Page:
One Country Consumes Nearly Half Of The World's Lentils

Lentils are not only one of the world's oldest cultivated foods, but they are also a nutritious powerhouse. They remain a staple food around the globe for many cultures, but one country eats more than any other.

Lentils have been a common food for humans since prehistoric times. According to America's Test Kitchen, there is evidence that early hunter-gatherers foraged for a form of wild lentils around 13,000 years ago. Traces of lentils were also found in archeological sites along the Euphrates River in Northern Syria that date back to 8000 B.C. (via NPR). The simple legumes were also a staple food for Romans and Egyptians, and are even recorded in the Bible.

Lentils' constant presence in human civilizations might be one of the reasons that cultures and peoples around the globe adore them so well, but no country eats more Lentils than India (via NPR). In fact, Indians eat more lentils than the rest of the world combined.

India incorporates lentils into a popular dish

According to NPR, India consumes roughly half of the world's lentils. They are also the world's second-largest lentil producer (via Bon Appétit). One reason for the legumes' popularity might be the prevalence of the dish most commonly referred to as Dal. Dal, and its many variations, are consumed throughout the Indian subcontinent, and lentils are their most essential ingredient (via Bon Appétit).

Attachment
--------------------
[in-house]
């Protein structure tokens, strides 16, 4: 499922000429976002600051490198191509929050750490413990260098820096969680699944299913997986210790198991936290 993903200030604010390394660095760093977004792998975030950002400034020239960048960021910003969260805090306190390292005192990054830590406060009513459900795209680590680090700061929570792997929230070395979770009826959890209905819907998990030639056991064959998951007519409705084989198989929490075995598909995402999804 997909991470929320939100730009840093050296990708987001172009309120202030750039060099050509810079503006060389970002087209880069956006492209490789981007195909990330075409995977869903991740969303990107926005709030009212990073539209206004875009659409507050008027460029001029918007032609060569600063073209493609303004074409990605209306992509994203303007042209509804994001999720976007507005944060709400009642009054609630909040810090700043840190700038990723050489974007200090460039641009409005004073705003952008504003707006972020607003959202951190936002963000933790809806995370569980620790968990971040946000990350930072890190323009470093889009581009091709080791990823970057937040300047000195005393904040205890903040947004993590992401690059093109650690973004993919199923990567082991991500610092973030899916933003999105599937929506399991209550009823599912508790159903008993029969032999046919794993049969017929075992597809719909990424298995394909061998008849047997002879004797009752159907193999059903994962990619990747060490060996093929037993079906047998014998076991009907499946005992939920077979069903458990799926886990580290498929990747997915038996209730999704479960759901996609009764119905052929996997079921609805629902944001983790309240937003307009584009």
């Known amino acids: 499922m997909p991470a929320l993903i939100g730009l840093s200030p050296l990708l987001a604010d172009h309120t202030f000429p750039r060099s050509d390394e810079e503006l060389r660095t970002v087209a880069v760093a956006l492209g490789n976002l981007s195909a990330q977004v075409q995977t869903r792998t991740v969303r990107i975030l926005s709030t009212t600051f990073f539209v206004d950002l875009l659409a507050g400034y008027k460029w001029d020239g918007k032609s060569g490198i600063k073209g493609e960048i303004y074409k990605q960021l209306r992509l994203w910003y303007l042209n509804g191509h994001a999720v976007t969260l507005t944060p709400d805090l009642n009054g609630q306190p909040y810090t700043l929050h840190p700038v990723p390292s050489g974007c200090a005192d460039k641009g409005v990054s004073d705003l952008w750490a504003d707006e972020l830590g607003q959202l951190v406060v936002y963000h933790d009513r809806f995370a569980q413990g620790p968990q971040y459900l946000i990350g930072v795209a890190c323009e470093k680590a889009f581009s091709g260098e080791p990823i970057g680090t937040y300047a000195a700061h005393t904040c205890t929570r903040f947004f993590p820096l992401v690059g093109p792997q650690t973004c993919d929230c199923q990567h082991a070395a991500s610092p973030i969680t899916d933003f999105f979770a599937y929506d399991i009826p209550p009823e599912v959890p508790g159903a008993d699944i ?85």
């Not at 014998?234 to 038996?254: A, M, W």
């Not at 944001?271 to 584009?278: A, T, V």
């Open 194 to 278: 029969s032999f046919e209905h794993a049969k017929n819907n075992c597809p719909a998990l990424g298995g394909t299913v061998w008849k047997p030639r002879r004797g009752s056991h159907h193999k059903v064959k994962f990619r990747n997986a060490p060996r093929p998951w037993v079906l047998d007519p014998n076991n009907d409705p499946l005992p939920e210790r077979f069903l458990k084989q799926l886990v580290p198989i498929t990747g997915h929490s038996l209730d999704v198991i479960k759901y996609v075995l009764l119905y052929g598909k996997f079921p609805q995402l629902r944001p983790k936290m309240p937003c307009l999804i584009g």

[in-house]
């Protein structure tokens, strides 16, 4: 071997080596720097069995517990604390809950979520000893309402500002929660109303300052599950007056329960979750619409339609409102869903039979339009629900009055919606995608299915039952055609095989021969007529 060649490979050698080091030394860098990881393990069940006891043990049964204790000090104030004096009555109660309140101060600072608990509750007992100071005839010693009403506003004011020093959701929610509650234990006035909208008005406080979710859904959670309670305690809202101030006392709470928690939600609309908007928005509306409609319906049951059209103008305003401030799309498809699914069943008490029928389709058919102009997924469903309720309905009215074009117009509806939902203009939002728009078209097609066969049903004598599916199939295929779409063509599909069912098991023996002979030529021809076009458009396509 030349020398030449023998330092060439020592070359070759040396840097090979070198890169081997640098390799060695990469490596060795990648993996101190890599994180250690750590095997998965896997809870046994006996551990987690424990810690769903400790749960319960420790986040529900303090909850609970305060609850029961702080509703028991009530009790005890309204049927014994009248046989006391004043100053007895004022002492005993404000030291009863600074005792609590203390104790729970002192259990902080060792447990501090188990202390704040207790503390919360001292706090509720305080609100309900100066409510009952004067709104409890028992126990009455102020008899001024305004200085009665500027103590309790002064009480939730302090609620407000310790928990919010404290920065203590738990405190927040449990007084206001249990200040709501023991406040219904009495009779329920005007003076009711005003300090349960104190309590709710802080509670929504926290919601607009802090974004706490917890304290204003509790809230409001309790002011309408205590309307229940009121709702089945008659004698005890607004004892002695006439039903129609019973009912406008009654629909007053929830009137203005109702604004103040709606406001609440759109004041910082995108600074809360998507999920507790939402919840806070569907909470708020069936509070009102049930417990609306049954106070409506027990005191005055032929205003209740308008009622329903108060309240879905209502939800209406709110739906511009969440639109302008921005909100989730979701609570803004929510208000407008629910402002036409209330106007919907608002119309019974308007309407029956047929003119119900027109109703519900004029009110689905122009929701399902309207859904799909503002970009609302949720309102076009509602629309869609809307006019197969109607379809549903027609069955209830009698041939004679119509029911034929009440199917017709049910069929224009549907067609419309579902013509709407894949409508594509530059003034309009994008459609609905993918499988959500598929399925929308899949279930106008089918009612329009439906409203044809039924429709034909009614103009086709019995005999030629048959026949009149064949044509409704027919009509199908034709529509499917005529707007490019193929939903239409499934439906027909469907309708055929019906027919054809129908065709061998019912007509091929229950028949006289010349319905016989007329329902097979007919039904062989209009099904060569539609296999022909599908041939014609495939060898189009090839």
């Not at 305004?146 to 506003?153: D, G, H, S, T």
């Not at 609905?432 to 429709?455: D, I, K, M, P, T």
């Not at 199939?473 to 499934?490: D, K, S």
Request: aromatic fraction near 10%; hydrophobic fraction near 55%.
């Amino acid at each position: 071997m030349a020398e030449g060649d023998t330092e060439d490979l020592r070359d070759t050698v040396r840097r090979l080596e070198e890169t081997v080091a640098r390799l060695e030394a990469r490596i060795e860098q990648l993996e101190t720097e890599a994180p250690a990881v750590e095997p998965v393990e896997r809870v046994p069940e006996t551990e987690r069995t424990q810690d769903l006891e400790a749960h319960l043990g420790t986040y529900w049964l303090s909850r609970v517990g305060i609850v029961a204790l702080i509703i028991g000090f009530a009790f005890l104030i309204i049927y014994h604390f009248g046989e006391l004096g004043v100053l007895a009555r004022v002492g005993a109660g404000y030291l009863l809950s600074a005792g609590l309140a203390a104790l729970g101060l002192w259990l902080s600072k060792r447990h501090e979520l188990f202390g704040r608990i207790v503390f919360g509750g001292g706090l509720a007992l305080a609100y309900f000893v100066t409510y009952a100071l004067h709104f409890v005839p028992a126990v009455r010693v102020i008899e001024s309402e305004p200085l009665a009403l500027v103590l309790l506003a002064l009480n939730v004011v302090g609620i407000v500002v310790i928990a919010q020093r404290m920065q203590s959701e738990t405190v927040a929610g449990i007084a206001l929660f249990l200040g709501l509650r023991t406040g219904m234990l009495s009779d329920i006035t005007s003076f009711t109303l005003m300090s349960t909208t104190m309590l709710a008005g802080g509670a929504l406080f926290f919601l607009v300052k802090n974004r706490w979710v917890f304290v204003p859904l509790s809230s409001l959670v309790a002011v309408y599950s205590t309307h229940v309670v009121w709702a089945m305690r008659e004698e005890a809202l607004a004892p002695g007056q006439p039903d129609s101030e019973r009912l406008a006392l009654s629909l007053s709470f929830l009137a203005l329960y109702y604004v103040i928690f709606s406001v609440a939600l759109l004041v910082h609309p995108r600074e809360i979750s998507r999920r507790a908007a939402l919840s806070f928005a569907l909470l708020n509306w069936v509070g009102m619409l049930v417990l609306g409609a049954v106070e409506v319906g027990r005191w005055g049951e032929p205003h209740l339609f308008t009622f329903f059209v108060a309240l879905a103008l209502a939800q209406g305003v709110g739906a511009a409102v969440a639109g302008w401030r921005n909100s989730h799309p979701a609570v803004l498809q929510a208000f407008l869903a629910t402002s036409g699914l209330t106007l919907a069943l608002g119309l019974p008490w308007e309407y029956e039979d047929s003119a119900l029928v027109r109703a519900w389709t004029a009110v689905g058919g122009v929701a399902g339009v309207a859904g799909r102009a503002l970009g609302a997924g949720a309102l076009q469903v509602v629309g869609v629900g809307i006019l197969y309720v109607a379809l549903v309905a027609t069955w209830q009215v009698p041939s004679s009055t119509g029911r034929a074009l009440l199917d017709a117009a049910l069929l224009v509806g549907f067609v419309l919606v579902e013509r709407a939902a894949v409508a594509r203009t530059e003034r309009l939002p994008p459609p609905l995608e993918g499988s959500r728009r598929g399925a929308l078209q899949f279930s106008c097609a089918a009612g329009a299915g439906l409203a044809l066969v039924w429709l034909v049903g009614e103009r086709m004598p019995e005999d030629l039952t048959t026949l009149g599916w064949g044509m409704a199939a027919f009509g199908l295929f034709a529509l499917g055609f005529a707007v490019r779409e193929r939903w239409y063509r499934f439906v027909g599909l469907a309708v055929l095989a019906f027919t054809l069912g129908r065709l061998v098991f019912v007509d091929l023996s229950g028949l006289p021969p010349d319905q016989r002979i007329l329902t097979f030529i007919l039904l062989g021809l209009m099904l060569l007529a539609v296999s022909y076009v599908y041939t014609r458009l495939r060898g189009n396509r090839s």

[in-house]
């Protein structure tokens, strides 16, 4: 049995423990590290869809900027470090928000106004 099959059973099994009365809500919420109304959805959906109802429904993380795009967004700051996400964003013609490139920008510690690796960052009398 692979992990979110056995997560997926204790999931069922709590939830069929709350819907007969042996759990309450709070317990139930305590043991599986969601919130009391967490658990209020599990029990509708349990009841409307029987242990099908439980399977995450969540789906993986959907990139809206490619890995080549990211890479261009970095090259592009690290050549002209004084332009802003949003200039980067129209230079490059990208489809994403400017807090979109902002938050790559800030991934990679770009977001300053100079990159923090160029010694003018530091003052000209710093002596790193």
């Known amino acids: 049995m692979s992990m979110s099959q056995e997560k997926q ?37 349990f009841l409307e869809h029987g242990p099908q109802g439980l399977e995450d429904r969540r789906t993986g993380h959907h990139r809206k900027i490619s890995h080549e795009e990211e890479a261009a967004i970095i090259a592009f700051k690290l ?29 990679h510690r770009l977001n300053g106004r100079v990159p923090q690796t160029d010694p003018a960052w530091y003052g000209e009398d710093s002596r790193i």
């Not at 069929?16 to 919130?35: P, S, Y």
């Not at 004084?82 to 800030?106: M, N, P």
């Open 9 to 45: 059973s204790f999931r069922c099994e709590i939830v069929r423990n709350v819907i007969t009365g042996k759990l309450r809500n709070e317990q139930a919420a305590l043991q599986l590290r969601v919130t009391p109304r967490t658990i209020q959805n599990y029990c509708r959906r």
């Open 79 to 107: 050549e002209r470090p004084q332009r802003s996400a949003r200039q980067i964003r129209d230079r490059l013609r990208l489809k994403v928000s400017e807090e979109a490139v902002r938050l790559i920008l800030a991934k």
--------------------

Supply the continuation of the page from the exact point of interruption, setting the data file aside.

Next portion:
Another reason might be India's relatively high population of vegetarians. The most generous estimates of some studies say that close to a third of the country is vegetarian (Pew Research Center). While some estimates lower that number closer to 20% per the BBC, that's still a significant portion of the world's second-most populous country that needs to obtain its nutrition through vegetarian foods alone.

According to Healthline, lentils are a great source of B vitamins, zinc, magnesium, and potassium. They're also a great source of protein that can be paired with rice to form complete essential proteins and are versatile enough to be used in various dishes (via America's Test Kitchen). Cooked brown lentils can be a great base or addition to a salad, the split and hulled red lentils can cook down to help thicken a hearty stew or can be stewed and cooked with some spices and vegetables to top some rice. For more inspiration, check out our recipes for Red Lentil Soup with Lemon and Pasta with Lentils.